Having just completed and passed the first level Court Of Master Sommeliers course, I’ve unintentionally turned into a wine snob. Don’t get me wrong, I can still pick out a good bottle for ten bucks, but most bottom shelf wine just won’t do it for me anymore (unless I’m mixing it into a sangria recipe).
As a result, I really wasn’t expecting to find many good wines on my recent Carnival cruise. After all, wine is not typically served with a paper umbrella garnishing the glass, and most people crave something tropical and cold (with a splash of rum) while lounging around the pool or on a beach. Turns out, not only was I was wrong, but my entire concept of cruise dining has been completely flipped upside down and changed. In addition to normal cruise dining and buffets, there were restaurants. Lots of them. From a sushi bar to an elegant steakhouse, I was impressed to find such a variety of choices offered intimate settings with personalized service. And, of course, they all had well-thought-out wine lists.
Let’s start with my first impression of wine on this cruise. Our ship, Carnival Sunshine, had a quaint Library Bar with an Enomatic wine dispensing machine, just like the ones in my favorite wine shop at home. It’s like a vending machine for wine that allows you to pour only an ounce at a time so that you can get a small taste of multiple wines and choose one that you like before committing to a whole glass. Also, it’s a great way to taste some higher priced wines without splurging on buying the whole bottle. Their selection was amazing, including a Vouvray (an off-dry French white), a Willamette Valley Pinot Noir, and a Barolo (one of Italy’s greatest wines).
What I really loved about tasting wine at the Library Bar is that you’re able to try a sample of a few different wines, pick the one you like, and then bring that card to dinner as a reminder and order it from the menu. They even have cute little “library cards” with tasting notes that say, “I’ve checked this out, and it deserves a spot at my dinner table.” The price of a single one ounce pour ranged from $2.75 to $5.00, quite an affordable way to taste different types of wine (especially a Barolo!).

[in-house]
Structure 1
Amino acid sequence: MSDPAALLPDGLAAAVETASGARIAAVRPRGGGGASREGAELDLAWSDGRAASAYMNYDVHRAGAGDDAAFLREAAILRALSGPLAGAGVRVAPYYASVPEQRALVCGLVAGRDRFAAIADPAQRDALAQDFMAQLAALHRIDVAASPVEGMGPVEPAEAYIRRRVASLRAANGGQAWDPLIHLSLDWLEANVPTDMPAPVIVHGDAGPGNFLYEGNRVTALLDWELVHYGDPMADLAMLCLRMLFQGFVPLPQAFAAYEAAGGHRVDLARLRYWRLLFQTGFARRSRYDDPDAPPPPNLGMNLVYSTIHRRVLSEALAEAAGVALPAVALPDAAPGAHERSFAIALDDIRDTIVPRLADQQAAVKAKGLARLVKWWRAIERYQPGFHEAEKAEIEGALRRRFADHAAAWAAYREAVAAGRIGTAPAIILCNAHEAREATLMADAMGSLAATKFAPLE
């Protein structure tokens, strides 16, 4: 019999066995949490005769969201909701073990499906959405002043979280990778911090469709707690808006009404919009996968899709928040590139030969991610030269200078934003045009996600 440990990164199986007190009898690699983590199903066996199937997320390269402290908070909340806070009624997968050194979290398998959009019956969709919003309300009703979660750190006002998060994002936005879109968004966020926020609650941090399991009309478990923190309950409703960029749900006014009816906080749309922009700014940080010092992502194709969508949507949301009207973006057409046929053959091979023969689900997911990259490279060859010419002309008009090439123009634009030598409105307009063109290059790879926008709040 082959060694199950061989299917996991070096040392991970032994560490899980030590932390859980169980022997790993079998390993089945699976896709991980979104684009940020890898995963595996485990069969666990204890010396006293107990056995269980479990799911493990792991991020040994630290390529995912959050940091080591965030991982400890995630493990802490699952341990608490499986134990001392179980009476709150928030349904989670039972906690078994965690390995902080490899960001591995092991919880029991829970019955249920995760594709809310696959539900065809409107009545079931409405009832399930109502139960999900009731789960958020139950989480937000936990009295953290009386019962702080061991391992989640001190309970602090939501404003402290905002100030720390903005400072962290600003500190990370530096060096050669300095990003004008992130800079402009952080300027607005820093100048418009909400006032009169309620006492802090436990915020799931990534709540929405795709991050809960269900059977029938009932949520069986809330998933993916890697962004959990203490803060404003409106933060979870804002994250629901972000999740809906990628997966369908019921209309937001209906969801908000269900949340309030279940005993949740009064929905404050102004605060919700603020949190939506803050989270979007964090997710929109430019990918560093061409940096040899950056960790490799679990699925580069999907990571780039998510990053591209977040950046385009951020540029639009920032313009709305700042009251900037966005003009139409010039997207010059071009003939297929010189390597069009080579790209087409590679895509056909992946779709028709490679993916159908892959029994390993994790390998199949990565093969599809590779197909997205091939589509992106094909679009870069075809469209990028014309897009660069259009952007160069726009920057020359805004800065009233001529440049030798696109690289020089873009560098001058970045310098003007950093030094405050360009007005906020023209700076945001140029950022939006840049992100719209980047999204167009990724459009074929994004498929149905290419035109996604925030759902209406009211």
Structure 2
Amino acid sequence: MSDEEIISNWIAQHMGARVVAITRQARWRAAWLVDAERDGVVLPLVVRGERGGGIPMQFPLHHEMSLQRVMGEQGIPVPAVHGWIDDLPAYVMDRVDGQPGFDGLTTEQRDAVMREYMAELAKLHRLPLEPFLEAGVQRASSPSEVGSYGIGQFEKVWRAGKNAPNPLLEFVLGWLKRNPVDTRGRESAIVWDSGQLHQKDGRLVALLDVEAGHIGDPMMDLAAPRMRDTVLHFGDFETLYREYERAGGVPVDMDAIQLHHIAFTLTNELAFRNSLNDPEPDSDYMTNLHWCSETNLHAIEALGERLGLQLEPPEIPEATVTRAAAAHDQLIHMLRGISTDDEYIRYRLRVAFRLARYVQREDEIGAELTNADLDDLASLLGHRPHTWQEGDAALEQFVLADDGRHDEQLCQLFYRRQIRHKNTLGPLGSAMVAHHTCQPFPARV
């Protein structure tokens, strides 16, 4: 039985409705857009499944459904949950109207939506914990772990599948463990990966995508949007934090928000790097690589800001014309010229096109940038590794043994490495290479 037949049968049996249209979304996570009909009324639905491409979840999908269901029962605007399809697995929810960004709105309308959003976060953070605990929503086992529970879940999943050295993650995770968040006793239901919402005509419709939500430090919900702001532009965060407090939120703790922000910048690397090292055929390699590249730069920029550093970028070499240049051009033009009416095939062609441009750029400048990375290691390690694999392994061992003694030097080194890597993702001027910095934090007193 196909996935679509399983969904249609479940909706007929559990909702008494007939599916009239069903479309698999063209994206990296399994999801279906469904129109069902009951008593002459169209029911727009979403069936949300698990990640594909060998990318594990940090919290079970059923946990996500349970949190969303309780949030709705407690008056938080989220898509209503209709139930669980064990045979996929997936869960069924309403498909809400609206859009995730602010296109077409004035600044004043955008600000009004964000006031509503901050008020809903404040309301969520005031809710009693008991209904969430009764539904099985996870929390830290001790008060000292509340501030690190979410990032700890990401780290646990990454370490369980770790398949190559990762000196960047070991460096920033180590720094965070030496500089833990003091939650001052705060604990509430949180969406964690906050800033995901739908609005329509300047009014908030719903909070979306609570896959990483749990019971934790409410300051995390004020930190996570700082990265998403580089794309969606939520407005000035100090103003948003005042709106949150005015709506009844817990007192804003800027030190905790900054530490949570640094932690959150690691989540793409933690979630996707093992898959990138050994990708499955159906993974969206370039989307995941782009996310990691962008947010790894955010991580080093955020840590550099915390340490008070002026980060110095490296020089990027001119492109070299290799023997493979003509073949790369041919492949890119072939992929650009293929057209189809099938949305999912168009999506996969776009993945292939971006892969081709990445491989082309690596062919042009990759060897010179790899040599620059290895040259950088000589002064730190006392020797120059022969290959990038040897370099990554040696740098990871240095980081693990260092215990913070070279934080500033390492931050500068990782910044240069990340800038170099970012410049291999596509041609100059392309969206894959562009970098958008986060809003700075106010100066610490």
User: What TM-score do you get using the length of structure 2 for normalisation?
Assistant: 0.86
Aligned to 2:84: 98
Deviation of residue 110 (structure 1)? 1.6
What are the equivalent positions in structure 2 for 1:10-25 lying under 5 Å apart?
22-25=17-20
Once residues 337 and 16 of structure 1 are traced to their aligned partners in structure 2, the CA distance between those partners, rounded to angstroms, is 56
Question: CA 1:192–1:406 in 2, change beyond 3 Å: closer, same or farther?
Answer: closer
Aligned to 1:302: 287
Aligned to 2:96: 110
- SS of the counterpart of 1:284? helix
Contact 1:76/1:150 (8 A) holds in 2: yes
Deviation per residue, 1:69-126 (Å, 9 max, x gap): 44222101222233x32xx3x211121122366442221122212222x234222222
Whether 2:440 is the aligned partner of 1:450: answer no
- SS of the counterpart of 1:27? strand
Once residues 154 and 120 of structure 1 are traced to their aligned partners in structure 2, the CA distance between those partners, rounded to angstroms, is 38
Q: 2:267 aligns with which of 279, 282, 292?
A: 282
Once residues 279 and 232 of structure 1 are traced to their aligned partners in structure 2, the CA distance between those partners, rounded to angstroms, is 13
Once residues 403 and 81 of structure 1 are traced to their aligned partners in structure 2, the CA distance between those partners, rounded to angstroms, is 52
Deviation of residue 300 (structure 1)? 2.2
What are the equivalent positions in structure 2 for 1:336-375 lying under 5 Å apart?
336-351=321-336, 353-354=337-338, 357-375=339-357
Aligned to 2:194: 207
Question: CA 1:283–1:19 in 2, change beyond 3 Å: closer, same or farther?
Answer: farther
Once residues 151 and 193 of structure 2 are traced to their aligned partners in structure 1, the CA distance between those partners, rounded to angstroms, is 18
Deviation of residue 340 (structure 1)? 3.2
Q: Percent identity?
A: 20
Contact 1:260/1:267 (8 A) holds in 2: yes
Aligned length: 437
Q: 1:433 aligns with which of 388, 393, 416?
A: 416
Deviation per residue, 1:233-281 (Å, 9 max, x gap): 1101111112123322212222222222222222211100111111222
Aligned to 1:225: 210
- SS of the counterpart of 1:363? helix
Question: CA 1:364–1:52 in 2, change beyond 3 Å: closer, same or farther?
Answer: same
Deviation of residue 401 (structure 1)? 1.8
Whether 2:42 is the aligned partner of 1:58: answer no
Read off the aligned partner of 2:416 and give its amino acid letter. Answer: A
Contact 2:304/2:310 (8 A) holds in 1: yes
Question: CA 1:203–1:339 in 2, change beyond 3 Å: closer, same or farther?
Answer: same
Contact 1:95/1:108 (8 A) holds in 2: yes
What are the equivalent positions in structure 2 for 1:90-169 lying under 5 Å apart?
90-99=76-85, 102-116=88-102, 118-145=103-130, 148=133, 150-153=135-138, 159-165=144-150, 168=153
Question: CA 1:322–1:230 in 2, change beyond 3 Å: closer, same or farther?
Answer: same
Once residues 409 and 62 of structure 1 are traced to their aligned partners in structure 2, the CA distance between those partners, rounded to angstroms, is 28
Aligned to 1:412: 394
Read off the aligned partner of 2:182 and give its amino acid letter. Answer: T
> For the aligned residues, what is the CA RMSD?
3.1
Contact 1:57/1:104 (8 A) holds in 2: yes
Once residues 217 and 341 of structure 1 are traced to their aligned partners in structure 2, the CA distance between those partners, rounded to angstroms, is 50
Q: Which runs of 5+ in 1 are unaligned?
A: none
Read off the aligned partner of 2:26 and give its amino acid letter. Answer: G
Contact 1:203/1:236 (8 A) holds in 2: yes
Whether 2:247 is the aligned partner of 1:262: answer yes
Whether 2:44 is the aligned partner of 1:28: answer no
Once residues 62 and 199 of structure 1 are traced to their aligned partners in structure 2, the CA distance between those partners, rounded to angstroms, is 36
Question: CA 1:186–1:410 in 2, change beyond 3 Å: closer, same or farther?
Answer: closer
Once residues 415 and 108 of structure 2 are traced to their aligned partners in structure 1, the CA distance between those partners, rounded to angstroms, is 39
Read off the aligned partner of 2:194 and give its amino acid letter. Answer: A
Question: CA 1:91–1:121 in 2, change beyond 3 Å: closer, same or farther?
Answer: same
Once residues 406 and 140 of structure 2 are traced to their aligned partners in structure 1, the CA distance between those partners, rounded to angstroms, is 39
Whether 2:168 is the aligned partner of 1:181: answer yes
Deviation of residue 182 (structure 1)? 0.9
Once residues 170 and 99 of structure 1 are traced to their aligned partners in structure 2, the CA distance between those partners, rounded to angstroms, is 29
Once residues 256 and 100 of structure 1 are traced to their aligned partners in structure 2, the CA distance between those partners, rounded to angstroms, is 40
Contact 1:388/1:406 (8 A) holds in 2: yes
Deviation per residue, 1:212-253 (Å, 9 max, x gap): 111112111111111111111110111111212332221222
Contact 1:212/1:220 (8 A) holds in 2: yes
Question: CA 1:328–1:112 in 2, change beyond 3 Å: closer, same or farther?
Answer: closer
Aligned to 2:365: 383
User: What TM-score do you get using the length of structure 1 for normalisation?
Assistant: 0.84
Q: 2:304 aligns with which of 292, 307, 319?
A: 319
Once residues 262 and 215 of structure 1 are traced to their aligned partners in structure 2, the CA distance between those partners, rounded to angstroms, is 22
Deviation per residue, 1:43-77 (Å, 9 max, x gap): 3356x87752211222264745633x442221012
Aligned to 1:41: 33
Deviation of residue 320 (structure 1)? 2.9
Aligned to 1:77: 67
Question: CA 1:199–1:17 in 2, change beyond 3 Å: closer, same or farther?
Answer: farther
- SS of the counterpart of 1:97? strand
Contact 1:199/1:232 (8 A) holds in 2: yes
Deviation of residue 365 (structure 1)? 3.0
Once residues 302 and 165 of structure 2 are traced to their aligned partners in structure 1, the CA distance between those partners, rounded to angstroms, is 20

Now, there’s really only one rule when it comes to choosing wine: pick what you like. Period. A sommelier can help you pair a wine style that you like with your meal so that the flavors of the wine and the food compliment and enhance each other. And this is really a lot more complex then sipping white wine with seafood and red wine with beef. Unfortunately, there was no sommelier on board for guidance. Our servers in the ship’s restaurants were able to provide some good pairing tips, but our experience in the main dining room concluded that the servers there didn’t understand too much about wine.
So, I’d like to give you my list of recommend wines I found on Carnival to help you navigate the wine list and enhance your meal. I have a “safe list” of delicious affordable wines, and a “splurge” list of amazing, you-gotta-try-these-at-some-point wines.
Always go with what you like (white or red), but when it doubt, pick a pinot noir. It goes with everything because the flavors are subtle and they’re typically low in tannins. A pinot noir could even be paired well with fish. Yet, they’re also layered and complex which allows them to stand up to the meatiness of a steak.
Here’s my list of recommended wines on Carnival:
- Prosecco, Zonin Veneto, Italy
- Sauvignon Blanc, Oyster Bay, Marlborough, New Zealand
- Chardonnay, Kendall-Jackson, California
- Pinot Noir, La Crema, Monterey, California
- Pinot Noir, Sokol Blosser, Willamette Valley, Oregon
- Malbec, Santa Julia, Mendoza, Argentina
- Shiraz, Peter Lehmann, South Australia
- Moscato d’Asti, Castello di Santa Vittoria, Piedomont, Italy
- Sauvignon Blanc/Semillion, Cape Mentelle, Margaret River, Australia
- Vouvray, Alban St. Pre, Loire Valley, Fance
- Chardonnay, Pouilly-Fuisse, Barton & Guestier, Burgundy, France
- Pinot Noir, Meiomi, Santa Barbara/Sonoma/Mendocino, California
- Cabernet Sauvignon, Caymus, Napa Valley, California
- Barolo, Batasiolo, Langhe, Piedmont, Italy
- Super Tuscan, Gaja, “Ca’Marcanda Promis,” Tuscany, Italy
- Chateauneuf-du-Pape, M. Chapoutier, Rhone Valley, France
This post was created as part of our collaboration with Carnival. As always, all of the opinions, thoughts, and ideas in this post are my own.